Breaking the spell: OD&D as a poor game

Finally someone has the courage to utter the truth: here.

I dislike OD&D as well, there are a lot of alternatives to it. And there WERE several alternatives from the very beginning of the hobby.

But everyone is hypnotized by it.
One reason is, it has an aura (undeserved) of being sort of something mystic. This is due to the fact that it was the first fantasy rpg. Had it been Runequest the first, the result would be the same, we would all bow down before it today,without thinking, without judgement, like before an idol of stone.


DHBoggs said...

Oh how I disagreee!

Few people bow down to OD&D in the first place. Far more praise is given to Classic, especially Moldvay or Mentzer.

There certainly were lots of alternatives, some literally within months of D&D's publication. Any of which, had they been better games, would have risen to the top in what was a wide open market in the early 1970's. OD&D's new found popularity cannot be explained simply by it being first.

Catacomb librarian said...

Thanks Boggs for your insight.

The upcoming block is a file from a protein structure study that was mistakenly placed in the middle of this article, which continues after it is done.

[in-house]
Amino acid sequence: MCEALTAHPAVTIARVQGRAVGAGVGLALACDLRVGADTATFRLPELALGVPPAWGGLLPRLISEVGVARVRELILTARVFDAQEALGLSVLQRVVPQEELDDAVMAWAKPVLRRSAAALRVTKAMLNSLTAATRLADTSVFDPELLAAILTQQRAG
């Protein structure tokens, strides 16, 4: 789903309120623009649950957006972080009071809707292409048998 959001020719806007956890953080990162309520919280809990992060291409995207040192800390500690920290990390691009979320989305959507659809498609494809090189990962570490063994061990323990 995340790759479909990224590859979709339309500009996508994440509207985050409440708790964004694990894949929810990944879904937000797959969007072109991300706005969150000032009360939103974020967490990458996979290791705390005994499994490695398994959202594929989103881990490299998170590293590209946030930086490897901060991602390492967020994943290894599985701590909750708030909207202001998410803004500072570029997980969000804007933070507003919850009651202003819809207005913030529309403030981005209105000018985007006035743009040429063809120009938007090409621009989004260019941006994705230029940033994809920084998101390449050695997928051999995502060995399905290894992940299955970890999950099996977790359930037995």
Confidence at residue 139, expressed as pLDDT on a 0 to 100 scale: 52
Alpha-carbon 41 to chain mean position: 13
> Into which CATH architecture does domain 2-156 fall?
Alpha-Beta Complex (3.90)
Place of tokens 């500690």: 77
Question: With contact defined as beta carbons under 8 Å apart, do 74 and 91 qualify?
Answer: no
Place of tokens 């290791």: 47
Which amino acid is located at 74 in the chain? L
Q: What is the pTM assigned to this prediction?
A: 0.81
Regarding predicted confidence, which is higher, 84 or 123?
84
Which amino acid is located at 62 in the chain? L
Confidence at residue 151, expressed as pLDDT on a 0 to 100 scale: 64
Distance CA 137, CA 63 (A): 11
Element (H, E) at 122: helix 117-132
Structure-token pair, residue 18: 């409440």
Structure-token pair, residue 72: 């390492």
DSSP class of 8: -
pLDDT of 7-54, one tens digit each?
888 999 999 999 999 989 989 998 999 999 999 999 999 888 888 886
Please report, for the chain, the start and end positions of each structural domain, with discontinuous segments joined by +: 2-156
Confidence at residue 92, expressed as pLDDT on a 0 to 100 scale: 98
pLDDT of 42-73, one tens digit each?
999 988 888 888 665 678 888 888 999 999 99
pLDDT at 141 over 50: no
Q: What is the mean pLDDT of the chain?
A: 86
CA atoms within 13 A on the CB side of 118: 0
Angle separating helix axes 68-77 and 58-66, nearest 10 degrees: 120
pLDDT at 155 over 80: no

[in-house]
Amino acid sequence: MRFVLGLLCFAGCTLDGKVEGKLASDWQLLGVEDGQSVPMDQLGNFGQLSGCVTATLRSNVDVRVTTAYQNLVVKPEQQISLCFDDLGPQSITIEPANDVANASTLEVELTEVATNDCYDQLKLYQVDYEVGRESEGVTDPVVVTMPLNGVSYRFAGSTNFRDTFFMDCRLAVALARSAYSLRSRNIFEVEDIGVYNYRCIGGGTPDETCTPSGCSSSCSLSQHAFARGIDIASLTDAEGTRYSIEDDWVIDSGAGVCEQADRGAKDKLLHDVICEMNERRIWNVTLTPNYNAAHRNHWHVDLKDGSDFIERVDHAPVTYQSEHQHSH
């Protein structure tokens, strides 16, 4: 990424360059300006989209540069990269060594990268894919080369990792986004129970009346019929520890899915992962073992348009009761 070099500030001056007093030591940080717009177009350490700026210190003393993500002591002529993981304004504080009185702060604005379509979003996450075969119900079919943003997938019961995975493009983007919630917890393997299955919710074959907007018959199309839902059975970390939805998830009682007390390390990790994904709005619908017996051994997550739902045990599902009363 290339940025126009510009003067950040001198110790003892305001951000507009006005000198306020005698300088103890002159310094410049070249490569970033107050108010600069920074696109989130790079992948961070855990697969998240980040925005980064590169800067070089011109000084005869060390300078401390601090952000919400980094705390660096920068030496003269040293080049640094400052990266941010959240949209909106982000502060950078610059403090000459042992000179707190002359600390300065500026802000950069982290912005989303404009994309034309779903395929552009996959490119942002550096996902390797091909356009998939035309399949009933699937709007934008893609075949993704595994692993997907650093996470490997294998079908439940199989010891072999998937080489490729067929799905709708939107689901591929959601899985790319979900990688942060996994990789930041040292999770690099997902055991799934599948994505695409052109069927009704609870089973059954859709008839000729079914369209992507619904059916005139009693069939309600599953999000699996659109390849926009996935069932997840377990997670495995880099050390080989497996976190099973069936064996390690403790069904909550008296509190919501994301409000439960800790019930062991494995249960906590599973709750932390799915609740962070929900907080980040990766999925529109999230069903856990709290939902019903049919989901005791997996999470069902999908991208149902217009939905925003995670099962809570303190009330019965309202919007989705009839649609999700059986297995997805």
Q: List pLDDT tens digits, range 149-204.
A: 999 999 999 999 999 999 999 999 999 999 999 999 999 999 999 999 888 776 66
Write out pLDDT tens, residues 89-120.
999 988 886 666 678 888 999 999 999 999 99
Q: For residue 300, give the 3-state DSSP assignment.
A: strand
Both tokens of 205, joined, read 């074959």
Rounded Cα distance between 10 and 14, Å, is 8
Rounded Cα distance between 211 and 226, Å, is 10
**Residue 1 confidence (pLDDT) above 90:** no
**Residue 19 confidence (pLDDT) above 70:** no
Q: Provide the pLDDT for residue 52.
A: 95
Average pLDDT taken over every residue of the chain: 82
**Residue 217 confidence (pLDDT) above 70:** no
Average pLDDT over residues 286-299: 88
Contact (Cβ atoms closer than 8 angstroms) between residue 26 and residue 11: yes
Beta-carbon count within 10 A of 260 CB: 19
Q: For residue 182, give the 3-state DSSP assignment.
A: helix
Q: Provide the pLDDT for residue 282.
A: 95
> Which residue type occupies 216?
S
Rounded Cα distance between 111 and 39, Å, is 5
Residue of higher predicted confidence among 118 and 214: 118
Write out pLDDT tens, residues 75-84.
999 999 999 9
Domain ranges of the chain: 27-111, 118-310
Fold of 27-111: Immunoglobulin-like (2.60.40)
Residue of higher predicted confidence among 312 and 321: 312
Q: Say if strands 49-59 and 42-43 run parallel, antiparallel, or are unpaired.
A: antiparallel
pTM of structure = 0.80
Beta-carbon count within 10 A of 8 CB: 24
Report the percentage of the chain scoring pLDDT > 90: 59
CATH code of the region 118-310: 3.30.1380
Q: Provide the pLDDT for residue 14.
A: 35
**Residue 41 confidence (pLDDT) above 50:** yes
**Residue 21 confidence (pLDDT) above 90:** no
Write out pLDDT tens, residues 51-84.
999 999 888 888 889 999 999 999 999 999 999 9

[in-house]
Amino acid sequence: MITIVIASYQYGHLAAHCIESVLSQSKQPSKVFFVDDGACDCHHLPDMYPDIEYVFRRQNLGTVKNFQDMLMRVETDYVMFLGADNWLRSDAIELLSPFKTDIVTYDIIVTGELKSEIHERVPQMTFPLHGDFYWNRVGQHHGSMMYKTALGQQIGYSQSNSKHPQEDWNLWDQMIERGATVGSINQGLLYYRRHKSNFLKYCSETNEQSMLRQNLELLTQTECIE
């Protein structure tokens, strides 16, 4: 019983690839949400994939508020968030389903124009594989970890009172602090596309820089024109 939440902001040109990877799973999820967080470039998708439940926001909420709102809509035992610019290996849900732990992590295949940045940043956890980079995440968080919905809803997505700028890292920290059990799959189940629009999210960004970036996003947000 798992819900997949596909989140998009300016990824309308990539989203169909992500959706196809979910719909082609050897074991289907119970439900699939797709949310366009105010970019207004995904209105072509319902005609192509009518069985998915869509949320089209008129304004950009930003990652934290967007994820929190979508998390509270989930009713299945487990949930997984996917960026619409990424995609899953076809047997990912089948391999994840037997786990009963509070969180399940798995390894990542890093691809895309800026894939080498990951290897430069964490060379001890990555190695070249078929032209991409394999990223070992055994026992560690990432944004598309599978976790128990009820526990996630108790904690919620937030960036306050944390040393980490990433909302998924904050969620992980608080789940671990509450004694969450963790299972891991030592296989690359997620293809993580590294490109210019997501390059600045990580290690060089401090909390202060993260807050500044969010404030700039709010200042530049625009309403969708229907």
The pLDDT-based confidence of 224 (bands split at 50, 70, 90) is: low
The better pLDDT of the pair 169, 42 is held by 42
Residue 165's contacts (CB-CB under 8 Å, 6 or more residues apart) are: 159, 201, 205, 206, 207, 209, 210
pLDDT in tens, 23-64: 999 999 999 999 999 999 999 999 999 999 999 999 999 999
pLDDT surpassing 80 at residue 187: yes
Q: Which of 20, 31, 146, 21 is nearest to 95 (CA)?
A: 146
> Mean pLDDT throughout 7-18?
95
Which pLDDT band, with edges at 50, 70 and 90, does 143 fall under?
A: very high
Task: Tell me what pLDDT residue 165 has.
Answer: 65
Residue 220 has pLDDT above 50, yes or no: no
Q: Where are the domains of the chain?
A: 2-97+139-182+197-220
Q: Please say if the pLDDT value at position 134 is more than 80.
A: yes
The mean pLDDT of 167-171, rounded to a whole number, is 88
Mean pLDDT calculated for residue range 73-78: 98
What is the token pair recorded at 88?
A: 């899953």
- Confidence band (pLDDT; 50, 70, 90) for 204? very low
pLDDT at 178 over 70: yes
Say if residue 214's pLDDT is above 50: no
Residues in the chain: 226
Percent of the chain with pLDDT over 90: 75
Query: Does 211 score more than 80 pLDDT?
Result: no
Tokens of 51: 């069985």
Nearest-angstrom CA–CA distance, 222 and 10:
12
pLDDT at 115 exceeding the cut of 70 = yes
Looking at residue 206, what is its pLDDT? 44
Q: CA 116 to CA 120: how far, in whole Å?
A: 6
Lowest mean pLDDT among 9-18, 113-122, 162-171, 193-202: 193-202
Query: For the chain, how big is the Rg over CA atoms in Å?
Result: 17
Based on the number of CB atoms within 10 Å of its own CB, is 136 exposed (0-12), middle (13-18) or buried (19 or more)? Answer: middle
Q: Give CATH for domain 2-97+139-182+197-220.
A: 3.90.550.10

i didn't mean that OD&D's popularity (back in the day and nowadays) can be explained just by stressing the fact it was the first rpg, but that this is an important aspect to be taken seriously into account.

Even historians (of whatever field of study) are frequently in awe when they ponder the precursors, in general. The risk is that of falling in the trap of "Ipse dixit"


"Any of which, had they been better games, would have risen to the top in what was a wide open market in the early 1970's"

Are you really so sure that a better product always gets noticed?
That it gets the recognition it deserves just because it in fact deserves it? This would entail that anyone has the eyes to see the beautiful,more- it would also mean that anyone is actively seeking, craving- for the better (is it so? or are we just trying to find a product that can best amuse us? Our demands are often few).

I wrote this post today following my mood when i wrote this phrase commenting a post on Grognardia:

"May the centrality of D&D come to an end as soon as possible.

Old school renaissance was about D&D and nothing more- frankly, that has lasted for too long.

The future of OSR now lies in the other rpg's of the past, so i am happy to see these systems revived as well."


Anonymous said...

He seems to be confusing the books with the game they describe. The books are a mess, yes... but the system is great. It's like a mix of AD&D and BD&D. AD&D without the failed rules experiments tacked on. BD&B with the extra classes that drew everyone to AD&D. I can see why people would consider it ideal.

Plus the books themselves are interesting from a historical perspective, for insight into how those classic campaigns ran.

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